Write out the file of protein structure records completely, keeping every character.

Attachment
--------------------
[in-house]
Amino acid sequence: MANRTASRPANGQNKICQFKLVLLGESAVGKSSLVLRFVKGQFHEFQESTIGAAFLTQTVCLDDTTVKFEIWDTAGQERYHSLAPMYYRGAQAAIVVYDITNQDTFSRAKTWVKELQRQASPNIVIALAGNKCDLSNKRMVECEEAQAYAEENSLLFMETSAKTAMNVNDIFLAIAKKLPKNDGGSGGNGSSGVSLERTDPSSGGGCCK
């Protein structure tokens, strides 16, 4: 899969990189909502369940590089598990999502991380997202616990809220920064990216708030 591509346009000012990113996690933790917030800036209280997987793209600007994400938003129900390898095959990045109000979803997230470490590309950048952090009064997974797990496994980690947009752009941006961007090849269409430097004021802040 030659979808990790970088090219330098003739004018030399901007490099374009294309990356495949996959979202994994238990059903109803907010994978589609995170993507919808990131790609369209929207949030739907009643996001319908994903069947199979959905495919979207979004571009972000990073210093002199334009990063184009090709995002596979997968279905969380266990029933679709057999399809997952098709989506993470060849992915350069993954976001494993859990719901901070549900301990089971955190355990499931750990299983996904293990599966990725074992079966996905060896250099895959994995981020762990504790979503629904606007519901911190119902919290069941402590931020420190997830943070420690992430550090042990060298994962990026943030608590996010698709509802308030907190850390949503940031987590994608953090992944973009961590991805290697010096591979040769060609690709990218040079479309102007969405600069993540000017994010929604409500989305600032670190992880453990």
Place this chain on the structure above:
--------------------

[in-house]
Amino acid sequence: MANRTASRPANGQNKICQFKLVLLGESAVGKSSLVLRFVKGQFHEFQESTIGAAFLTQTVCLDDTTVKFEIWDTAGQERYHSLAPMYYRGAQAAIVVYDITNQDTFSRAKTWVKELQRQASPNIVIALAGNKCDLSNKRMVECEEAQAYAEENSLLFMETSAKTAMNVNDIFLAIAKKLPKNDGGSGGNGSSGVSLERTDPSSGGGCCK
């Protein structure tokens, strides 16, 4: 899969990189909502369940590089598990999502991380997202616990809220920064990216708030 591509346009000012990113996690933790917030800036209280997987793209600007994400938003129900390898095959990045109000979803997230470490590309950048952090009064997974797990496994980690947009752009941006961007090849269409430097004021802040 030659979808990790970088090219330098003739004018030399901007490099374009294309990356495949996959979202994994238990059903109803907010994978589609995170993507919808990131790609369209929207949030739907009643996001319908994903069947199979959905495919979207979004571009972000990073210093002199334009990063184009090709995002596979997968279905969380266990029933679709057999399809997952098709989506993470060849992915350069993954976001494993859990719901901070549900301990089971955190355990499931750990299983996904293990599966990725074992079966996905060896250099895959994995981020762990504790979503629904606007519901911190119902919290069941402590931020420190997830943070420690992430550090042990060298994962990026943030608590996010698709509802308030907190850390949503940031987590994608953090992944973009961590991805290697010096591979040769060609690709990218040079479309102007969405600069993540000017994010929604409500989305600032670190992880453990």
Place this chain on the structure above: